Power pumping can be an effective way to boost low milk supply. Use power pumping to increase your supply with these power pumping tips and how tos, so you can keep breastfeeding your baby.
Many woman struggle with low milk supply sometime throughout their breastfeeding journey. I know I did. Low milk supply was at the top of my breastfeeding woes. I was constantly worried about my baby getting enough breastmilk and being able to provide adequate nutrition for my newborn.
Breast milk is largely based on a supply and demand basis. The more milk your baby needs, the more breast milk your body will (usually) produce. But within that supply and demand structure, there are so many other variables.
For example, many women have an oversupply of milk (which comes with plenty of its own challenges), while other new moms struggle with low milk supply and worry that their baby isn’t getting enough milk.
Enter power pumping, an effective way to boost your milk supply so you can keep breastfeeding your baby.
Low milk supply is a common reason why women quit breastfeeding. If you are struggling with producing enough milk and want to continue to breastfeed, then try these power pumping techniques to catapult your milk supply.
This post is written by Andrea Tran RN, BSN, MA, IBCLC from Breastfeeding Confidential. Andrea is a lactation consultant and has more than 25 years of experience helping new moms feed their babies.
If you are a breastfeeding mama hoping to increase your milk supply, then power pumping might be the trick you need.
Power pumping is a great way to naturally increase your milk supply. And all you need to power pump is a pump and some time.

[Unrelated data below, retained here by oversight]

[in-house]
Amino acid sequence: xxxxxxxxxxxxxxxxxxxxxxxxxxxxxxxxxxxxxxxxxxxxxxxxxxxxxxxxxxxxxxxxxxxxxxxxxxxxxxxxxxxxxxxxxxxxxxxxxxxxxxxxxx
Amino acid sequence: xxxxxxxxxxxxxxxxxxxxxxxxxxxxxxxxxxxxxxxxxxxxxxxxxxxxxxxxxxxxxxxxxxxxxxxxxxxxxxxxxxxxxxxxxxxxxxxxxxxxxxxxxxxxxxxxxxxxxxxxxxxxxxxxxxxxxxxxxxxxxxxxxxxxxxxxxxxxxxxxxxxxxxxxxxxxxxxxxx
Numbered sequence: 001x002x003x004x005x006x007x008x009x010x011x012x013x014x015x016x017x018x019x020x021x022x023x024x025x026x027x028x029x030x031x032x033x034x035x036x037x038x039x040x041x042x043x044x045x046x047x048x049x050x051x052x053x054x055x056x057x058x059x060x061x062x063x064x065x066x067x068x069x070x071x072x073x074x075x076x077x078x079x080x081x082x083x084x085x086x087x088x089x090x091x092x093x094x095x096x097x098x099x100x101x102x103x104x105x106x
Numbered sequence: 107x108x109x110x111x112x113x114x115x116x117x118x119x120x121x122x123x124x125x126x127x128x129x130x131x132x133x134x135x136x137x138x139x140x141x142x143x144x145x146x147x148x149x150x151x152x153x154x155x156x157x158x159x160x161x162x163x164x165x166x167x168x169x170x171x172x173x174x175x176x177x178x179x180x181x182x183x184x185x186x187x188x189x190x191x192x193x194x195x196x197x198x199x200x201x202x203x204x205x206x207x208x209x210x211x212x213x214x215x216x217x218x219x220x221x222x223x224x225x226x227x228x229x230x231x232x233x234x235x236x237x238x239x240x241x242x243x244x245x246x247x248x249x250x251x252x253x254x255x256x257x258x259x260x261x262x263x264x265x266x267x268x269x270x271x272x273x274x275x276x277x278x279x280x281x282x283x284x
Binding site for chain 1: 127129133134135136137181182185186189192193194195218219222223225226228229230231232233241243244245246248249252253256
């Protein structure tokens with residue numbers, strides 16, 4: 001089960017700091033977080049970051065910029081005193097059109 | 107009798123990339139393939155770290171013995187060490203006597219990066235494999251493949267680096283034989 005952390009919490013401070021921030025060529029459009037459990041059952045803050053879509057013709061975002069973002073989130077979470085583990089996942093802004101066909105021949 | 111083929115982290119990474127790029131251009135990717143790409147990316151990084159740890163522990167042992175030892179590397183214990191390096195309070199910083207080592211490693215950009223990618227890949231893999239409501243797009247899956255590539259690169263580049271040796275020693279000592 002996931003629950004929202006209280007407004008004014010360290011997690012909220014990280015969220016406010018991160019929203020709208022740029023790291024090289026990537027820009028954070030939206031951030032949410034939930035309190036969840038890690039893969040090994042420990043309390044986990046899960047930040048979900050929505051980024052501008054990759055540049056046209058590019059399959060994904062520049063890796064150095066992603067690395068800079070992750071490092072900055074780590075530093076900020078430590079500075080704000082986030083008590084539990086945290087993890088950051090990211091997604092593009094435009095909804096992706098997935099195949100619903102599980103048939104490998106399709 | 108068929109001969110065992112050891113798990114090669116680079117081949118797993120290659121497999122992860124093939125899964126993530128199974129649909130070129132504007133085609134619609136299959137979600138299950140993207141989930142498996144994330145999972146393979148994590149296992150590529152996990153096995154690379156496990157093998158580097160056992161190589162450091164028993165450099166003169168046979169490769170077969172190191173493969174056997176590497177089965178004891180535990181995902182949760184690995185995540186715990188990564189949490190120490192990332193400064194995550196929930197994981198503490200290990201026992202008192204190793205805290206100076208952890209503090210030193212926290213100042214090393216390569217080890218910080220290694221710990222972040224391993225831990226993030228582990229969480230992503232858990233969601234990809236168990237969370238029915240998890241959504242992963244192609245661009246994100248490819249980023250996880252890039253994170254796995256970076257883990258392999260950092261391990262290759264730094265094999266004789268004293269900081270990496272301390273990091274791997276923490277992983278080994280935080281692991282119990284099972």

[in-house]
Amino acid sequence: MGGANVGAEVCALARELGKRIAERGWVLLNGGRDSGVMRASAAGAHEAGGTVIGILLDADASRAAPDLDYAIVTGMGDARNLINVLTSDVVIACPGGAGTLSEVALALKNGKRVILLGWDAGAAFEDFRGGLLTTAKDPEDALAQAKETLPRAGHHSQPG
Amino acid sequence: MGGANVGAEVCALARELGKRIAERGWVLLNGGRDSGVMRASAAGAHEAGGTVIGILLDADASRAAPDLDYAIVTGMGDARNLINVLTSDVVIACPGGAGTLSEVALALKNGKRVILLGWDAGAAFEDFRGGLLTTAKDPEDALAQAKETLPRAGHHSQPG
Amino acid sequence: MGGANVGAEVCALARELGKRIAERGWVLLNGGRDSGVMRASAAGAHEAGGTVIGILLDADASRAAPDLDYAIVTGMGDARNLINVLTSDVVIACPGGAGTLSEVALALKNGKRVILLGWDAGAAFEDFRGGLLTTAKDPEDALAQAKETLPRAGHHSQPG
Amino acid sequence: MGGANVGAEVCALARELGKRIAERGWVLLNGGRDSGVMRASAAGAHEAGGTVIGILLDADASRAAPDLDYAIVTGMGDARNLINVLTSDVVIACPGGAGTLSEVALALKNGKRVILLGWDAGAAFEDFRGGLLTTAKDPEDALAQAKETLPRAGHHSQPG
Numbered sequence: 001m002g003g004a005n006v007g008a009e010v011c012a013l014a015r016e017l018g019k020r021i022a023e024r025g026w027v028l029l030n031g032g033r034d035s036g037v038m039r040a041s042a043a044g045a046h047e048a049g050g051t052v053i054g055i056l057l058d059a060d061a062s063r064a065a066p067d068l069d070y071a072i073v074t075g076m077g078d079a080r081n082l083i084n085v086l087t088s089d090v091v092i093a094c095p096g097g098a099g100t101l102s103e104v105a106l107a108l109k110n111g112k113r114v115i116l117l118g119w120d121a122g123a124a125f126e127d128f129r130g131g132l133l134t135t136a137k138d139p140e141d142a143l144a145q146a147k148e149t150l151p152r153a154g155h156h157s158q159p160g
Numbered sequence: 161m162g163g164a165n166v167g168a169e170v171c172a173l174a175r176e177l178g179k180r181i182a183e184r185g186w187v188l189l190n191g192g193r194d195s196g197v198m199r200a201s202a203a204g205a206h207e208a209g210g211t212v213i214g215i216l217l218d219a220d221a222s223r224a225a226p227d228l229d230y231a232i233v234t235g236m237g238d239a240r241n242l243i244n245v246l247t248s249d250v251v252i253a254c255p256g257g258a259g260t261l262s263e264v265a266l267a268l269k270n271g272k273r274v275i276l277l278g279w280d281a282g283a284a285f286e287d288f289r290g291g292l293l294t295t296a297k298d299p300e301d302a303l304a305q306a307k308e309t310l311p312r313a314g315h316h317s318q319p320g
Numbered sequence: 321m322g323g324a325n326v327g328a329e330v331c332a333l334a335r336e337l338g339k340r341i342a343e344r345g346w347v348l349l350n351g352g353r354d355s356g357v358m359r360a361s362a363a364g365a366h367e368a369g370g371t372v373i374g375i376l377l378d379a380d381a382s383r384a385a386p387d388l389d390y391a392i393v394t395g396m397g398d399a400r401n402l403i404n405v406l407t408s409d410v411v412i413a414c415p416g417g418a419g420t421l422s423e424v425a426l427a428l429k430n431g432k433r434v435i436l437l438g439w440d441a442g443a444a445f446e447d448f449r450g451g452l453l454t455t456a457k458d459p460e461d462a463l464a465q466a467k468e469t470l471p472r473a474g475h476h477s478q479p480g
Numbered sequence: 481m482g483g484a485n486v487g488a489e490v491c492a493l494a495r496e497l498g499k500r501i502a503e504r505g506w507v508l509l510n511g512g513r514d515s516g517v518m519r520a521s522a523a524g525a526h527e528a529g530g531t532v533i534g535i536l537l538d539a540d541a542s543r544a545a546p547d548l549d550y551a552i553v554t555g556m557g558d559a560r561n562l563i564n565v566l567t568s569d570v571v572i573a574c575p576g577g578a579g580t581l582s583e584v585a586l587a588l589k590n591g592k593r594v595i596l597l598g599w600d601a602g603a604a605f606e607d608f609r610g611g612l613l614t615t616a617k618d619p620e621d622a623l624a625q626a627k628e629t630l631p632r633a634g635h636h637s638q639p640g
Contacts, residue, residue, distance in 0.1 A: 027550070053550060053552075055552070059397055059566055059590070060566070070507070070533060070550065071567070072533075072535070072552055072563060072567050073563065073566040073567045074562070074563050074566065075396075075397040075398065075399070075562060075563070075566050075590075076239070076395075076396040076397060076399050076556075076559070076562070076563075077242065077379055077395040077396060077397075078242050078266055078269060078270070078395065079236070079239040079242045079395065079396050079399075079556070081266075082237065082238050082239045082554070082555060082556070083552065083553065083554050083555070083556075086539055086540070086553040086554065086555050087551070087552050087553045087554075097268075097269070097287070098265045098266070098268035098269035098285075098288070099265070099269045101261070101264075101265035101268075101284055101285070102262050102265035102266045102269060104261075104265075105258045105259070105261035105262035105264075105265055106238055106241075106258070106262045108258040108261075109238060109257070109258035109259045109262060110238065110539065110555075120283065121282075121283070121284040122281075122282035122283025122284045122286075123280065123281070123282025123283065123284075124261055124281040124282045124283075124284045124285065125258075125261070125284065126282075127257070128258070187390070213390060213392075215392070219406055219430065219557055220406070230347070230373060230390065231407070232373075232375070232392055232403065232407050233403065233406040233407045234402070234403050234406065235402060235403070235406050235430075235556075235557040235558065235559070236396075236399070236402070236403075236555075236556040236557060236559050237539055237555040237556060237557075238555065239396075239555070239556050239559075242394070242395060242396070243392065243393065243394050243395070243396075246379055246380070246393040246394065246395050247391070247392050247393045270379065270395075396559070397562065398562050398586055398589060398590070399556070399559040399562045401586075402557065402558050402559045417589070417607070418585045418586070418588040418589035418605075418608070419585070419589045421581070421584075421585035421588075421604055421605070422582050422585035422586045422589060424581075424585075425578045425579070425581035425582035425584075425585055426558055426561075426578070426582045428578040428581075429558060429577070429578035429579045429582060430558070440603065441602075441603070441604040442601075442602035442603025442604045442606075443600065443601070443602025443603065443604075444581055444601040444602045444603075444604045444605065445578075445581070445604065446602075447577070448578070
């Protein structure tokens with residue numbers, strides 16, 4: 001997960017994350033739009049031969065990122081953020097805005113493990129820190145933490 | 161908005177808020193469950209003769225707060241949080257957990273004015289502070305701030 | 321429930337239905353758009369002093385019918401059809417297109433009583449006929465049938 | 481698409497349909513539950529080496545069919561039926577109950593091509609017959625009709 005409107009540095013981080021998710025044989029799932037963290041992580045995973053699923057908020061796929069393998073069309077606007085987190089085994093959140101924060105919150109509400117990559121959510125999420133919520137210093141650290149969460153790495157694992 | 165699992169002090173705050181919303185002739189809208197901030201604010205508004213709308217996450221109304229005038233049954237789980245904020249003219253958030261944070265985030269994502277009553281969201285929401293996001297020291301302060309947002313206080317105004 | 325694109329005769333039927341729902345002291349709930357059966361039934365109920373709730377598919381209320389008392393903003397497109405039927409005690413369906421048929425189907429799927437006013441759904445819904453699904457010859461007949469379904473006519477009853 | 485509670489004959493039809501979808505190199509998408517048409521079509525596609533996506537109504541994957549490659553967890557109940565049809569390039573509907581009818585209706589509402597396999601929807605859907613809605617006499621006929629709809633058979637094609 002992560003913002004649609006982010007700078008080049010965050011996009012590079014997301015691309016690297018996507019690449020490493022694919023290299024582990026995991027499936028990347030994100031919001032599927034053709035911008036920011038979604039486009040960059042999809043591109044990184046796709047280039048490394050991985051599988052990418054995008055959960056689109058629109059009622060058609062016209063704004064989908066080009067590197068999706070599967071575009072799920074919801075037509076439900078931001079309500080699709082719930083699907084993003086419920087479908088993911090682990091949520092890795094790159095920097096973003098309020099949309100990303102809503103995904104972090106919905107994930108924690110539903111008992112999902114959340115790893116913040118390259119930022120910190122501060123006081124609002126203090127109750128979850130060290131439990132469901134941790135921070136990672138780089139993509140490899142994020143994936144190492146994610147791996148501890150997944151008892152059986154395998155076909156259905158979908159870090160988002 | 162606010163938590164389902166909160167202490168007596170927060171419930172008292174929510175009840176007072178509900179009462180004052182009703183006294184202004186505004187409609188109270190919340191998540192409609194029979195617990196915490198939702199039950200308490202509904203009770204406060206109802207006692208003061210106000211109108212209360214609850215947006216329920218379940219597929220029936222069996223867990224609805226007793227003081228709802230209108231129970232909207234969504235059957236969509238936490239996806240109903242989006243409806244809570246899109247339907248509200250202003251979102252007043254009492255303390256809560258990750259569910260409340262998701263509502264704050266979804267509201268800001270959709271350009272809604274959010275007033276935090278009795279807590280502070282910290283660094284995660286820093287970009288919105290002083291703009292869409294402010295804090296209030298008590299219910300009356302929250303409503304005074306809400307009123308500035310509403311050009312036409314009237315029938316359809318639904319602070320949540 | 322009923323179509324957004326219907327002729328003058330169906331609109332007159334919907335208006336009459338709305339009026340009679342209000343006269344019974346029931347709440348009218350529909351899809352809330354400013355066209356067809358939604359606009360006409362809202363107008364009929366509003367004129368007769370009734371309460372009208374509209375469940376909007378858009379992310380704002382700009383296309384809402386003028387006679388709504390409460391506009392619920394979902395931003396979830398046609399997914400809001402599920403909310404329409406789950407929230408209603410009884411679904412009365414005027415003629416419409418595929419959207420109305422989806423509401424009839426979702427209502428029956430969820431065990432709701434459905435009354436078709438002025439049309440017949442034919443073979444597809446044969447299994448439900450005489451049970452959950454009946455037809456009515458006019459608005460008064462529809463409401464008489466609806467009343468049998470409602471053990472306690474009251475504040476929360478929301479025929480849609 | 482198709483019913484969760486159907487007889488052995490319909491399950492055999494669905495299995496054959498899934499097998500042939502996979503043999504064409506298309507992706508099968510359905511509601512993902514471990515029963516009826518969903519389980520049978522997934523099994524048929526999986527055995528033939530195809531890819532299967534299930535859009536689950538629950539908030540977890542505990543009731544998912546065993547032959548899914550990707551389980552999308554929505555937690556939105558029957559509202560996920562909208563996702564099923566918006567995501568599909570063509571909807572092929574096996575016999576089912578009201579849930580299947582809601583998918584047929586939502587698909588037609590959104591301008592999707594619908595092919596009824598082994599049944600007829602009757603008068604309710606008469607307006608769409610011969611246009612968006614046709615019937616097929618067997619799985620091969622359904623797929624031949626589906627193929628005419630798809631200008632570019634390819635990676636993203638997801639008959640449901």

What is Power Pumping?
Power pumping is a strategy used for a breastfeeding mom to increase her milk supply. With power pumping, you pump breast milk frequently for a certain period of time. Power pumping has the same effect on milk production as when a baby cluster feeds.
Most women will make breast milk on a supply and demand basis. This is what power pumping is based on. Pumping sends a signal to the brain to make more milk. Increased breast stimulation will result in increased milk production.
Breast stimulation results in a surge of the hormone prolactin. Prolactin is the hormone that tells your breasts to make milk. The surge in prolactin occurs when a baby suckles at the breast or when a mom uses a breast pump.
Why Power Pump?
There are many different reasons a mom would want to try to increase her milk supply through power pumping. Some of the reasons for power pumping include:
- Delay of breast milk coming in
- Low milk supply
- Milk supply has dropped due to an illness:
- Mastitis can often cause a decrease in milk supply
- When mom gets sick her supply might drop
- When baby gets sick they may feed less frequently or less effectively causing supply to drop
- Baby has a growth spurt
- Baby starts sleeping for longer stretches at night and mom’s supply drops
The good news is that power pumping can be an extremely effective way for breastfeeding mom’s to increase their milk supply.
Does Power Pumping Increase Milk Supply?
Power pumping can result in an increased milk supply for most women. Higher levels of prolactin usually result in more milk being produced.